I think this is the best blade on the market. I’ve been lucky to own most of the blades out there including all Timo Boll Series and none of the blades can come close to this blade. Supper spiny blade, offensive weapon with unbelievable feel. I tried with T05 max on both sides and its great but i prefer with T05FX to be honest. Serves, loops Blocks Smash you named it had it all.
Simply put, the holy grail of blades (up to 2014 at least) – and this is not due to price. Until recently, you either had to choose from: 1. high at-the-table spin, 2. great in power play away from the table. This is the first blade I’ve seen that combines both of these attributes.
I own both the ZJK SZLC and JM SZLC and I can tell you that they are both exceptional blades. The JM SZLC is a bit slower and has longer dwell time so if you want to get creative I recommend it over the ZJK SZLC. On the other hand ZJK SZLC is less sensitive so you can be faster and still retain the same great control as the JM SZLC .If price is not an issue either one of these can be your best option.
The response has actually been so positive that it’s making me want to try this blade. Perhaps I can try and get myself a free sample to test and review for the site because the cheapskate in me isn’t backing down on this one. Also, I think I might feel a bit embarrassed to be using a £300+ blade in tournaments. Does it make you look a bit over keen?
Anyway, TableTennisDaily managed to get themselves a couple of freebies to review about five months ago and did an excellent job. I rarely watch equipment review videos but I’m really impressed with the professionalism of Dan’s.
So there you have it. The Butterfly Zhang Jike Super ZLC is the most expensive table tennis blade, and apparently for good reason. The blade is fast, without losing control, and has a noticeably bigger sweet spot than its rivals.
The Most Expensive Table Tennis Rubbers
This is a little more tricky. Most people would assume that the Butterfly Tenergy series of rubbers are the most expensive (and arguably the best) on the market. A sheet of Tenergy in the UK will knock you back £49.99, while in the US it comes in at $67.99. However, there are a few rubbers that kind of cost more.
On Megaspin (in the US) the Adidas TenZone Ultra SF rubber is $69.95, but in the UK it’s only £39.99. I don’t think this rubber is particular popular and the face that it is considerably cheaper than Tenergy in the UK means I am not going to include it.
You also have a few places selling national versions of the DHS Hurricane 3 NEO rubber. Megaspin have it for $140 a sheet and TableTennis11 sell it for €72. This is meant to be the highest quality they make and used by the Chinese National Team (they don’t use the kind of Hurricane me and you buy). But both companies are out of stock, because I assume availability is very low, so I’m not going to count any ‘special’ Hurricane rubbers either.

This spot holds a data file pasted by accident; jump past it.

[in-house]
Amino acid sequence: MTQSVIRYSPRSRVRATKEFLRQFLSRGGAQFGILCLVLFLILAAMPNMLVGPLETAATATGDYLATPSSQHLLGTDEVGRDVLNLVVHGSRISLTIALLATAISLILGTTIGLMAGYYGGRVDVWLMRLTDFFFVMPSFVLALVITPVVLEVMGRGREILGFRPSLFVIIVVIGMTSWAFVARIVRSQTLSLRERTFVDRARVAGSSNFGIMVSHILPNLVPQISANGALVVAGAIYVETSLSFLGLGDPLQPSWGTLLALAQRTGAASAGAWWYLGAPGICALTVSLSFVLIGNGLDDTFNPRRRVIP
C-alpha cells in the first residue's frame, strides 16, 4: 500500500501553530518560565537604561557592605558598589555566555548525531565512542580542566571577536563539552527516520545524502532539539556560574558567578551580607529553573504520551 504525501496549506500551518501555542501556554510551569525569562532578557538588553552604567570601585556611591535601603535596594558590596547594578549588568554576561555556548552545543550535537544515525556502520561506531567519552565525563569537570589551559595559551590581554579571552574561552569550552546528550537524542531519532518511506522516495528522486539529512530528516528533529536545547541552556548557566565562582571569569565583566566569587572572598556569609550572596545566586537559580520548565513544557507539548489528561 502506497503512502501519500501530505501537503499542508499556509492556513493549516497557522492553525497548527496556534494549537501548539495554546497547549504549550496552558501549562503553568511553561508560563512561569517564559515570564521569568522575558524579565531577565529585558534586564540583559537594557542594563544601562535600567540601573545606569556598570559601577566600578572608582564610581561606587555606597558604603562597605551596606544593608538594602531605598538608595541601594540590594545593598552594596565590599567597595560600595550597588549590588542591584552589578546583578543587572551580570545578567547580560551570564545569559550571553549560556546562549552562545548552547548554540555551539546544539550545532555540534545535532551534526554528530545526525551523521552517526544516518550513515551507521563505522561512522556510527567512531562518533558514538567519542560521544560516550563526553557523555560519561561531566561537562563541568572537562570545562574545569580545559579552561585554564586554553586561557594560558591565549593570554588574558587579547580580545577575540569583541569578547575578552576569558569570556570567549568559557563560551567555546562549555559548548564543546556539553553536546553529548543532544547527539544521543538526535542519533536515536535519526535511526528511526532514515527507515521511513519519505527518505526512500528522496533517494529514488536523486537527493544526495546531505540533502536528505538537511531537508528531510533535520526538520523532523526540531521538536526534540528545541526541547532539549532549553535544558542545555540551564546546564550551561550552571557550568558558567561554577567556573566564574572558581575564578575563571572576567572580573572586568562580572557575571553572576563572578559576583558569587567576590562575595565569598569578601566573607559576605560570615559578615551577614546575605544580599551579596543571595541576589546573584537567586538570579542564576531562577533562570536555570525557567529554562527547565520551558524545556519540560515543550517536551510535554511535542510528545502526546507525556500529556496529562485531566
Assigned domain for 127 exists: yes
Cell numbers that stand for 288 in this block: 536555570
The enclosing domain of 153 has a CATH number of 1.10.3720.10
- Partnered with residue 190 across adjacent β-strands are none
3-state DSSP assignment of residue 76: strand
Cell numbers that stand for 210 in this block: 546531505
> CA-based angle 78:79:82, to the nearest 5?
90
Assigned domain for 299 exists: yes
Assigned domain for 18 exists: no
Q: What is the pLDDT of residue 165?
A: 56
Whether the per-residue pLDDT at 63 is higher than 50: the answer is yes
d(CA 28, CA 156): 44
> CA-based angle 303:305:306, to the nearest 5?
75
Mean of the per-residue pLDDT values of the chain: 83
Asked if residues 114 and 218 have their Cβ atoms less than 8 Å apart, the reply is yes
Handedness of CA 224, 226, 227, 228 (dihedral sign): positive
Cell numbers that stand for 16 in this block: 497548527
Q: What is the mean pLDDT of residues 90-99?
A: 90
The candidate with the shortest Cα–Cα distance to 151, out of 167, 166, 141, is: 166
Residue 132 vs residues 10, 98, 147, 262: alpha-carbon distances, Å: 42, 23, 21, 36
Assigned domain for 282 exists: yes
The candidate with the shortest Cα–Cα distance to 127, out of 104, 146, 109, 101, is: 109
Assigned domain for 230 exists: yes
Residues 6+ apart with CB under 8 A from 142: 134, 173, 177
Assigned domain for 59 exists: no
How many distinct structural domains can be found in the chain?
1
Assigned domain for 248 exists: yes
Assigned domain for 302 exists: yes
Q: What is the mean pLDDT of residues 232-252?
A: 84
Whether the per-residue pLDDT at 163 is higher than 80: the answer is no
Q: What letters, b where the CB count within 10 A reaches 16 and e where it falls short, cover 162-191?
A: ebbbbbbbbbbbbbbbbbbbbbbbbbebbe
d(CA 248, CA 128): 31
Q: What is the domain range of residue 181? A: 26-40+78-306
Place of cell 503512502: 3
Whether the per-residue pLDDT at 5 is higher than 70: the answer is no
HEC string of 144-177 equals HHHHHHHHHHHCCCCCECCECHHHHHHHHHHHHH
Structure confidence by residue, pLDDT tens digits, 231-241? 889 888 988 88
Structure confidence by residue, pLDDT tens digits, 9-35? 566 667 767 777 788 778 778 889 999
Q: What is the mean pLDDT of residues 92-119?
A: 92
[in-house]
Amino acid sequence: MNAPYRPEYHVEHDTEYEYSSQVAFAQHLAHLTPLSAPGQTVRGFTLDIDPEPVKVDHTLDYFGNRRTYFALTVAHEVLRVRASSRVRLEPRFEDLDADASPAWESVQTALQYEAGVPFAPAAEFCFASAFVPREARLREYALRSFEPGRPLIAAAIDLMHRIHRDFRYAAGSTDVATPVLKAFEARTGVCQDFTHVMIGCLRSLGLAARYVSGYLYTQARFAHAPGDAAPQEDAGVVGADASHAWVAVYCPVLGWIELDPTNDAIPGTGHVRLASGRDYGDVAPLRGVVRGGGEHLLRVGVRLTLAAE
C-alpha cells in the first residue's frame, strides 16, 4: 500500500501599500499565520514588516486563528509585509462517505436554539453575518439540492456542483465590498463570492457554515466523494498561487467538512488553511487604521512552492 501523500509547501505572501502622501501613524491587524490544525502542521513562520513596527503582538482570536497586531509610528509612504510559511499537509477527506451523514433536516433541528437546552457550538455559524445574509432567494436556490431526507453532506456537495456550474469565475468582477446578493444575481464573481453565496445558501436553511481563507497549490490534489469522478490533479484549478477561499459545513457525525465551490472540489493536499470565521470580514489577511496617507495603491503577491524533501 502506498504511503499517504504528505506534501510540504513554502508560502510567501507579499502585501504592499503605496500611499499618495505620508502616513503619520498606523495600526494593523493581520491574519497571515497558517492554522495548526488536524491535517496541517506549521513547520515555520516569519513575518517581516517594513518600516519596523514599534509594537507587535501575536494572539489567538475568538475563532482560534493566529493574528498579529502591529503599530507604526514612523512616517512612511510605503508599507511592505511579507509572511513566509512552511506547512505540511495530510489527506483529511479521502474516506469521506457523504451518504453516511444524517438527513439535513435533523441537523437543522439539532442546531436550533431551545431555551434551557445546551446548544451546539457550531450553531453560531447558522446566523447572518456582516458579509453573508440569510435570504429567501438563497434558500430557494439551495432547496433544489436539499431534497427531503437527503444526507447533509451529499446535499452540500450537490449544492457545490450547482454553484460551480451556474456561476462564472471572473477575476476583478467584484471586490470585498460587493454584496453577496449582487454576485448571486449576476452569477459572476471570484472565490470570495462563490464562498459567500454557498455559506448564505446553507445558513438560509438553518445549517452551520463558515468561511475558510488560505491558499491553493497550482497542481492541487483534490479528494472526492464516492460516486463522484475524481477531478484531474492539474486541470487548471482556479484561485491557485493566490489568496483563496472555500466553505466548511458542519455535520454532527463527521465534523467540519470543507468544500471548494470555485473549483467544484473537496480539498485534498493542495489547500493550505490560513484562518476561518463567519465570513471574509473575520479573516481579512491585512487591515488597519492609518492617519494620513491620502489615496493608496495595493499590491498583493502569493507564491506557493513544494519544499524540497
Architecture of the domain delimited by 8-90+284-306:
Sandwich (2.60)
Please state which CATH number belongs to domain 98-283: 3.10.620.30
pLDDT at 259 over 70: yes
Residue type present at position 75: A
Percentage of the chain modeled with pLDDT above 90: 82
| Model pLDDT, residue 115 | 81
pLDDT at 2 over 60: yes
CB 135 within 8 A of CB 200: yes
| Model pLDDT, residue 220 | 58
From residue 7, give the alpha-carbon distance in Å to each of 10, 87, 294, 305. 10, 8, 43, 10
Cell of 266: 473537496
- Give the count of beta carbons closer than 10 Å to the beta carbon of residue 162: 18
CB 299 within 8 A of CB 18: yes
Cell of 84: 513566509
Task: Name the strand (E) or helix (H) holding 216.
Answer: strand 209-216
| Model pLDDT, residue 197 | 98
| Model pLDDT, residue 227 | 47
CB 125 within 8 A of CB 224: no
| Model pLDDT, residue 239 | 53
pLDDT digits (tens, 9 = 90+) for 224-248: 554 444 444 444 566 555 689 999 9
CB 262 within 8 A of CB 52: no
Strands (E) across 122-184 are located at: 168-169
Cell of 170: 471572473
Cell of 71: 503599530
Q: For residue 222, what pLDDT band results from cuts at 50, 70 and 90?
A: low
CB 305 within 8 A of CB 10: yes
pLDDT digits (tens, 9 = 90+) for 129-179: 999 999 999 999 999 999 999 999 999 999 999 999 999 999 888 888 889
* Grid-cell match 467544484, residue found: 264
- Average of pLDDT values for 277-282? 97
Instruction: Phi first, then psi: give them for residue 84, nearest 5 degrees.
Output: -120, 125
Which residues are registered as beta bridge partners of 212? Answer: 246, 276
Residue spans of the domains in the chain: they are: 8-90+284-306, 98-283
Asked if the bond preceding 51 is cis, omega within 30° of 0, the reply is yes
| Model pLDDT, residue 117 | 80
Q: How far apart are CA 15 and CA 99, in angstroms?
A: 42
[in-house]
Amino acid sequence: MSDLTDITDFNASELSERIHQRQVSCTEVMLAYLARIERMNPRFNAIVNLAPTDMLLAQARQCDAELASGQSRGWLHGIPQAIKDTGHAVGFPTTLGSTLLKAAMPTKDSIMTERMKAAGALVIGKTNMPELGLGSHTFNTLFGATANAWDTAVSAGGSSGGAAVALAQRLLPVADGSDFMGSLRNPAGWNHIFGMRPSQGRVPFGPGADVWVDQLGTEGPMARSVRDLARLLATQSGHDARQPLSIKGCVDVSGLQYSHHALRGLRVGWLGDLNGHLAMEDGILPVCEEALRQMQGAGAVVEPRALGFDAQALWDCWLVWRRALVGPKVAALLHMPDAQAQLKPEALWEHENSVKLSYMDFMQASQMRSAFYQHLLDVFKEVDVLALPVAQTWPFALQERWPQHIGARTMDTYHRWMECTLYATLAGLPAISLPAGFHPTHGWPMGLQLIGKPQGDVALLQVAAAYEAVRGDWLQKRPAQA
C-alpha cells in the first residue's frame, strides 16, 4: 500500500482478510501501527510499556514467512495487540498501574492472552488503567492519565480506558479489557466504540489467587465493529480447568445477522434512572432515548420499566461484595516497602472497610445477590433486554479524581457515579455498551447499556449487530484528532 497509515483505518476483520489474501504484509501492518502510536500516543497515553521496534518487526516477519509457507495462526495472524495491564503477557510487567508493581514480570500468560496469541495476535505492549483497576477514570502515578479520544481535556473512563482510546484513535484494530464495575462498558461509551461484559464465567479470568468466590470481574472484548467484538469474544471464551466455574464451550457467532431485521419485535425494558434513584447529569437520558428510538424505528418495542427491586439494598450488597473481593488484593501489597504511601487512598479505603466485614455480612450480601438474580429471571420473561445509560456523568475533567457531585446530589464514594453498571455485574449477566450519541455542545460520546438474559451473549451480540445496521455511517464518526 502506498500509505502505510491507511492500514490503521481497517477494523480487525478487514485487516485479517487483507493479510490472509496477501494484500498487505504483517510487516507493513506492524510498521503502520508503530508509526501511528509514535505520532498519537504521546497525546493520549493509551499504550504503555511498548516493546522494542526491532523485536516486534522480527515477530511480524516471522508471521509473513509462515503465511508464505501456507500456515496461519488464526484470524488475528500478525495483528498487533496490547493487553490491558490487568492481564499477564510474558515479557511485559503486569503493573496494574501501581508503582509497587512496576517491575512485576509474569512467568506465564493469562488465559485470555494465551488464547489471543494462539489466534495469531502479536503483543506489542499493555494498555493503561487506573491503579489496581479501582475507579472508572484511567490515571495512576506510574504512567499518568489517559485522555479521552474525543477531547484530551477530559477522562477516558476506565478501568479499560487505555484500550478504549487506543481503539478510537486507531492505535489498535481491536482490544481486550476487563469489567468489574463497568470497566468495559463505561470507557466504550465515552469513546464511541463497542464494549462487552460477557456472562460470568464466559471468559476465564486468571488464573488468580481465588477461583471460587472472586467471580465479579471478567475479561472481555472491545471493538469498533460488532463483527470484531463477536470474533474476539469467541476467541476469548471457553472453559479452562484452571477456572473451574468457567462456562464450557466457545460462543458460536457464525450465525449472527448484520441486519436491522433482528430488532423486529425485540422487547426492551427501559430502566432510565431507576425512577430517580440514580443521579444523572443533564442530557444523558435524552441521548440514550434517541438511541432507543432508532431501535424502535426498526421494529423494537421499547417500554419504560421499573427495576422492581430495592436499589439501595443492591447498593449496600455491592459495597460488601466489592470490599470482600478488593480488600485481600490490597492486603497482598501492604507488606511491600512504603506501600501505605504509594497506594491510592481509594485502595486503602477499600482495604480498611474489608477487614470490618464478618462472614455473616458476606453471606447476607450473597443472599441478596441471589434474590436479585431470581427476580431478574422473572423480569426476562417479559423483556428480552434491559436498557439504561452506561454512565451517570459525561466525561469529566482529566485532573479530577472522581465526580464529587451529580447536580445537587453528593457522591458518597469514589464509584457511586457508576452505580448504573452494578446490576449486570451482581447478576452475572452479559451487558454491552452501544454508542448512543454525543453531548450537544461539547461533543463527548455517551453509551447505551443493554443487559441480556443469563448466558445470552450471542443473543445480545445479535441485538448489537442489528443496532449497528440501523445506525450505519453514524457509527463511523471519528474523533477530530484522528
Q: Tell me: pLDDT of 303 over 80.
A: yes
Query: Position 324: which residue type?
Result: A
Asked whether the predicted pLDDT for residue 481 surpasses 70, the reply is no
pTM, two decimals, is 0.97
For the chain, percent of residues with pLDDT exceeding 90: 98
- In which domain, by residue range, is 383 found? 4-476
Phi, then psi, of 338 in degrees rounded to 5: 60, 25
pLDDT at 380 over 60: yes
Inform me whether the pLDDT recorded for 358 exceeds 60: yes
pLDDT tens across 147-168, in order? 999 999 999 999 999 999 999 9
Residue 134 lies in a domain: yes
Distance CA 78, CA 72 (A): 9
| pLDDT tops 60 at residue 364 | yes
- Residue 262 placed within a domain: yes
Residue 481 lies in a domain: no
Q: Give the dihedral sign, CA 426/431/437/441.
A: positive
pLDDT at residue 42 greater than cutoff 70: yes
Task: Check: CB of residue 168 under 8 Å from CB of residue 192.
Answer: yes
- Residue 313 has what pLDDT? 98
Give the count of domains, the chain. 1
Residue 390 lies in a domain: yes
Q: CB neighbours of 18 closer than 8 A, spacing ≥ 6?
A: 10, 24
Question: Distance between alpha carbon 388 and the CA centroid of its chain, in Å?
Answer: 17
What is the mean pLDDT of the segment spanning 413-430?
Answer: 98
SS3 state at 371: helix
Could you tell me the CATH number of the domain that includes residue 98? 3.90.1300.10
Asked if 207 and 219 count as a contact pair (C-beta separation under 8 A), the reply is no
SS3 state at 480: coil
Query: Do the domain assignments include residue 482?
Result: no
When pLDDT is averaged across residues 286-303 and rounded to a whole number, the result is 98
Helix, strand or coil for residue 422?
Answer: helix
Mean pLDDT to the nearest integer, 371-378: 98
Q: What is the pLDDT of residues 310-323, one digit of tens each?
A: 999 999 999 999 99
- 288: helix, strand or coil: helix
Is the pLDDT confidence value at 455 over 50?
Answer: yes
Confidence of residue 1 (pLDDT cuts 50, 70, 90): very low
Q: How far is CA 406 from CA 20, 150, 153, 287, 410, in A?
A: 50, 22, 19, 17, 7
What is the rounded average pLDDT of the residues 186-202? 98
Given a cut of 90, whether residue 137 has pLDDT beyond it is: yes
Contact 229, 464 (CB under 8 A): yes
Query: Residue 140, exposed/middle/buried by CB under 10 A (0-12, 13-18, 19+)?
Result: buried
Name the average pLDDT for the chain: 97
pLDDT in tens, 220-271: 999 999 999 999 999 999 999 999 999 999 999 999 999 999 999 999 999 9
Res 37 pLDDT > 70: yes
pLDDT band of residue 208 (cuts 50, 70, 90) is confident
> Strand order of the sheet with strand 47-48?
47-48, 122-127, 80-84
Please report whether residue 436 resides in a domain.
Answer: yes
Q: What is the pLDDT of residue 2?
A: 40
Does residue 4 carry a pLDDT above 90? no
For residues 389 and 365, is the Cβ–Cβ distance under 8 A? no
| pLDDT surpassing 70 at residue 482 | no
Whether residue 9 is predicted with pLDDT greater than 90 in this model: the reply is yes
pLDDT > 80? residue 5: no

That leaves us with Tenergy. There isn’t much to say really. I’ve written a very comprehensive post on the Tenergy 05 rubber, its alternatives, and how the top rubbers from all the other brands compare. If you’d like to know more I recommend you have a browse of that.
But now it’s time to put it all together…
The Most Expensive Table Tennis Bat
At the time of writing (January 2015) the most expensive table tennis bat money can buy is the Butterfly Zhang Jike Super ZLC combined with any Tenergy rubbers. If you were to buy that combination from TeesSport it would cost you £415. From Megaspin, it would be $515.
That’s quite a lot of money. But many of us spend £100 on a couple of sheet of Tenergy. And for most of us non-equipment junkies, we many only buy a new blade every four years or so. I’ve definitely had my Timo Boll Spirit blade for at least five years, maybe six. When you think of it like that, I’m probably spending £200 a year on Tenergy rubbers (if I keep them on for six months before replacing them). The fact that we have to replace them so often (and that you need two of them) means that we end up spending a lot more on rubbers than we think!
Keep your super expensive Zhang Jike Super ZLC blade for three years, which must be pretty standard, and it has only cost you just over £100 a year.
So maybe table tennis equipment isn’t really as expensive as we think. After all, a bat is pretty much the only piece of equipment you need. £300 for a blade might sound ridiculous at first but when you compare it to how much we all spend on rubbers it really isn’t extortionate.